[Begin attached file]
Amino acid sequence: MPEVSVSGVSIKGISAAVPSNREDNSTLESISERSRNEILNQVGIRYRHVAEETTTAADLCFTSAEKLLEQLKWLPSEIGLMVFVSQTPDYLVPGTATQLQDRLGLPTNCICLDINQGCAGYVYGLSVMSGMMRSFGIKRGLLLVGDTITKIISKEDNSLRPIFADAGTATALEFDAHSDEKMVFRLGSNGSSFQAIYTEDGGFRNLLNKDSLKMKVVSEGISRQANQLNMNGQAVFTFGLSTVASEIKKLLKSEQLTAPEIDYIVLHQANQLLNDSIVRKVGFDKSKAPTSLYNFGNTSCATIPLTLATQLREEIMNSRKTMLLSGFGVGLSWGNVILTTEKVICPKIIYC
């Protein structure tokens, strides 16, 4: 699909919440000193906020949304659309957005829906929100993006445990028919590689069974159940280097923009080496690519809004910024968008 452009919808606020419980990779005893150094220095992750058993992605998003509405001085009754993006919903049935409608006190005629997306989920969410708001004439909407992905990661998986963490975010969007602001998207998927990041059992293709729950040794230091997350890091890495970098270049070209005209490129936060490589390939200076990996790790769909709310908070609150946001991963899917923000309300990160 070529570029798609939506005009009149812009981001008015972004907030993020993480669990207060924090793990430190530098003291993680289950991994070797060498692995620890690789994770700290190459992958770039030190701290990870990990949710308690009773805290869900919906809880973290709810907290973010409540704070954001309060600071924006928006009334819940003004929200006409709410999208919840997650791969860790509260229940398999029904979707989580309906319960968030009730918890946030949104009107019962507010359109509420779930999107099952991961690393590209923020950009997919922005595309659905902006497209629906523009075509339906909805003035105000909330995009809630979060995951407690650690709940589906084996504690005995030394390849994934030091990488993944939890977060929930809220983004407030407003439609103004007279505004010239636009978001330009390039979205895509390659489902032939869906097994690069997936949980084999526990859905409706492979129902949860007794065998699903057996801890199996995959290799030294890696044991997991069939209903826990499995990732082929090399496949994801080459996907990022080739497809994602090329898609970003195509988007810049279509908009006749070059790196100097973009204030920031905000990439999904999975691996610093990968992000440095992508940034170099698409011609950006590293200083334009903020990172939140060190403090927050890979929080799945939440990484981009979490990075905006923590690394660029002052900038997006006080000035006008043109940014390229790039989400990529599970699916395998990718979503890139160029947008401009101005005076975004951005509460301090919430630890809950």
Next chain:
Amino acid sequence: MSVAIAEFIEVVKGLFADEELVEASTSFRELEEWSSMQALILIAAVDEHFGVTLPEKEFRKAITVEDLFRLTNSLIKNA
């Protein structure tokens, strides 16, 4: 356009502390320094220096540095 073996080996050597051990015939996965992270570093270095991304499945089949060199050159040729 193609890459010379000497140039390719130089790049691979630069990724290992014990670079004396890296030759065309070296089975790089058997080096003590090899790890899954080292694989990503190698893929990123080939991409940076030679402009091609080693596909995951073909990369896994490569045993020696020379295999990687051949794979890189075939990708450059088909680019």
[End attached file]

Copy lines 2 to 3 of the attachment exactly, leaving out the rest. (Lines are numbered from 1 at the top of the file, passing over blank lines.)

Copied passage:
């Protein structure tokens, strides 16, 4: 699909919440000193906020949304659309957005829906929100993006445990028919590689069974159940280097923009080496690519809004910024968008 452009919808606020419980990779005893150094220095992750058993992605998003509405001085009754993006919903049935409608006190005629997306989920969410708001004439909407992905990661998986963490975010969007602001998207998927990041059992293709729950040794230091997350890091890495970098270049070209005209490129936060490589390939200076990996790790769909709310908070609150946001991963899917923000309300990160 070529570029798609939506005009009149812009981001008015972004907030993020993480669990207060924090793990430190530098003291993680289950991994070797060498692995620890690789994770700290190459992958770039030190701290990870990990949710308690009773805290869900919906809880973290709810907290973010409540704070954001309060600071924006928006009334819940003004929200006409709410999208919840997650791969860790509260229940398999029904979707989580309906319960968030009730918890946030949104009107019962507010359109509420779930999107099952991961690393590209923020950009997919922005595309659905902006497209629906523009075509339906909805003035105000909330995009809630979060995951407690650690709940589906084996504690005995030394390849994934030091990488993944939890977060929930809220983004407030407003439609103004007279505004010239636009978001330009390039979205895509390659489902032939869906097994690069997936949980084999526990859905409706492979129902949860007794065998699903057996801890199996995959290799030294890696044991997991069939209903826990499995990732082929090399496949994801080459996907990022080739497809994602090329898609970003195509988007810049279509908009006749070059790196100097973009204030920031905000990439999904999975691996610093990968992000440095992508940034170099698409011609950006590293200083334009903020990172939140060190403090927050890979929080799945939440990484981009979490990075905006923590690394660029002052900038997006006080000035006008043109940014390229790039989400990529599970699916395998990718979503890139160029947008401009101005005076975004951005509460301090919430630890809950």
Next chain: